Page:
“No” really means try harder: How to deal with rejection

‘No’ is a hard word to hear, because it’s a form of rejection, and rejection feels like taking a basketball to the face.

It’s easy to get deflated after suffering a knock to the ego when you receive a ‘we regret to inform you…’ email, a head shake and a sigh from the boss, or a sour face from a prospective client. Who says you have to accept no as a final decision? Final is never really final.

‘No’ is the answer that politely says, ‘you don’t fit the bill, try harder!’. It’s rare that we completely empty the tank and give our absolute all to our cause, when in pursuit. If we did, then perhaps we’d see more candidates walking out of interviews, collapsing on the floor and crawling towards the exit like Frodo Baggins at the end of Lord of the Rings, exhausted with nothing left to give.

There is always something you could have improved on that could have helped you get to Yes. The best starting point towards a ‘yes’ is to cope with and respond to ‘no’.

Here are a few important ‘NO’s’ to implement when dealing with rejection.

Feeling sorry for yourself – Wallowing in self-pity by crying deeply into tubs of ice cream, or hatching an escape plan to Bolivia, will not contribute towards improving your situation. It makes you feel worse. Perhaps you have not made the grade, yet? Well put your violin away and move on, there are new opportunities you could be focusing on.

Taking it personally – ‘no’ doesn’t mean you’re a horrible person or a failure at life. It’s not about you, it’s about being the right fit for the role.

Talking yourself out of what you want – it’s common to cover up hurt feelings of rejection, by creating half-plausible excuses about; why you didn’t want the job. Why you ‘knew’ you wouldn’t get a pay rise, how there is always next year. You never really care about your job,  (because your boss is an evil tyrant, and you were planning to adopt Cambodian orphans and start a new life as a penguin enthusiast tour guide in Antarctica, so getting a promotion would have been utterly inconvenient). It helps you cope with the burn but it doesn’t allow for tackling rejection head on. You don’t have to change your heart because you got ‘no’ first, second or third time round. There is always next time but it’s up to you to schedule ‘next time’ and work towards bringing a better package.

Lowering your standards – as ‘no’ can be a blow to the ego, it’s easy to think that you’ve aimed too high and need to set the bar a bit lower next time. Perhaps you’re thinking, ‘I’ll aim for Pole Dancing Water Boy instead of Senior Executive Manager…’. You can never aim too high. ‘No’ just proves your goal is going to require a little more focus, a plan and maybe some up-skilling. Nothing worth having in life will be handed to you, so prepare for some serious graft.

Refusing to reflect and analyse your performance – in order to learn anything from ‘no’, reflecting on what could have been done better for next time is invaluable. What did you do well? What didn’t you do? How did the panel react when you pulled out your lunch in the middle of the interview at 11 am? Could you have waited until 12 pm? This helps shift the focus from ‘I’ll never get there’ to ‘I’ll get there if I work on…’. If you can’t analyse where you’ve gone wrong, you’ll never improve.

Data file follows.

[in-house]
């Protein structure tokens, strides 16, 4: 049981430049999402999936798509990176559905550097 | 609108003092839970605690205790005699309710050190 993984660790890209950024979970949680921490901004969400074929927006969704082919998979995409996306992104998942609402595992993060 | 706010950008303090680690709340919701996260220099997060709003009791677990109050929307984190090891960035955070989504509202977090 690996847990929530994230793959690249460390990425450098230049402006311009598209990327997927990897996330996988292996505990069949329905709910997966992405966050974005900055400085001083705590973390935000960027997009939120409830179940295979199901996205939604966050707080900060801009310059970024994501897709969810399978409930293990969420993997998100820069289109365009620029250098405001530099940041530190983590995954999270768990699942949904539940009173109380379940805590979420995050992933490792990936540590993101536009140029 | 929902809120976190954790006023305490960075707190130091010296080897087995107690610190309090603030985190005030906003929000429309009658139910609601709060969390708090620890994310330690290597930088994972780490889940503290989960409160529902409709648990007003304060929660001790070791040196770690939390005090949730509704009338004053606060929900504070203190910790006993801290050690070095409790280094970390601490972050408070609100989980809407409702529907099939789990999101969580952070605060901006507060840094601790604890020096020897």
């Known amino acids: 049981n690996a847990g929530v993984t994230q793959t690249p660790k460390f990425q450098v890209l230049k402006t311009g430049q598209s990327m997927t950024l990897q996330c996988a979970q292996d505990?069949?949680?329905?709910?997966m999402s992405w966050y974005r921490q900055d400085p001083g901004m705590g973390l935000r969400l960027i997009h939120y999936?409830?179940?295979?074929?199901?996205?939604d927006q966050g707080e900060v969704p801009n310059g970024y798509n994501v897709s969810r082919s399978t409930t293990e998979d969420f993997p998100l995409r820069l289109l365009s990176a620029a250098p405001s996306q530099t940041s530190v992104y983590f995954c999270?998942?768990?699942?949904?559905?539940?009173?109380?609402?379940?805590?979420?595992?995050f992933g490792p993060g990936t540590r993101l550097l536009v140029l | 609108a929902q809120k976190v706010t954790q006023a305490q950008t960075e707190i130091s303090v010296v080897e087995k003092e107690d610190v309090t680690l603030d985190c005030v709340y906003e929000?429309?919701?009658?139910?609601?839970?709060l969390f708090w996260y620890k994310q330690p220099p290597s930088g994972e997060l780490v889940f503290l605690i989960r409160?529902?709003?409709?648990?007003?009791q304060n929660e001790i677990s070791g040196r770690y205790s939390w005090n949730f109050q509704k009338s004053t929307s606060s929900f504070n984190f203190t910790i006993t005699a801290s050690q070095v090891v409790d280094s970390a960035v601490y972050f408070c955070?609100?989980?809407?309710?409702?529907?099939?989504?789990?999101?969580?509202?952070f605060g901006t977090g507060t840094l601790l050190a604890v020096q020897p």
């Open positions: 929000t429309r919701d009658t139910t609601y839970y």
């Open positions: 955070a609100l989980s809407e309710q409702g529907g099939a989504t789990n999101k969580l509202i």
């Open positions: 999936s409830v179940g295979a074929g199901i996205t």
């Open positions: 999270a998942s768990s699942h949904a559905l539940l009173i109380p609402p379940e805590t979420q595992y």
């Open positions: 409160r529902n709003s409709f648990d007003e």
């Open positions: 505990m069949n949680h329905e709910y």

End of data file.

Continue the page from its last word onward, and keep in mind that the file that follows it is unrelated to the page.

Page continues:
Failing to accept the need for change – you’ll be in a better position for another opportunity and a future ‘yes’ if you can learn from your mistakes and rise to the challenge of bettering your performance for next time.

Forgetting to ask for feedback – sometimes you’ll get a few gentle lines to accompany a ‘no’ such as, ‘we have had an exceptionally high caliber of applicants this year, including many of the cast members from Harry Potter, so, unfortunately, we haven’t invited you to interview for the offering positions at any of the Magic Circle law firms’. If you want constructive criticism to strengthen your package for next time, then ask the hard questions and probe the interviewer, your boss, colleagues and clients (where appropriate) for comments on your performance.

‘No’ doesn’t have to be the term you hang our hat on. It’s the starting point towards catching the ball next time.

Please note, this article was not intended to assist crazy ex-girlfriends in their plight for ‘yes’.

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5 thoughts on ““No” really means try harder: How to deal with rejection

  1. I work as a writer — the motto in our biz: rejection to a writer is like blood to a surgeon, a messy and necessary part of every working day. If you crawl into bed in the fetal position every time you’re rejected, you’re never going to make it.

    After about a decade of failed attempts, (sadly true) I have finally made the correct contact with an editor I’ve wanted to work with — thanks to a colleague of hers who follows me on Twitter. Sometimes success is more organic (i.e. less controllable) than we’d prefer.

    Liked by 1 person

    1. I love that motto! Rejection is the test to see how determined you really are to make it. Congratulations on your success, it proves that all the ‘failed attempts’ were really valuable opportunities to continue growing and improving. I’ll be interested to follow your work!


      1. Thanks! I have been told I’m very determined. I do give up, but rarely –and am always amazed by people who do, feeling wounded. The world is a tough place, so armoring up is essential, certainly if you’re ambitious.


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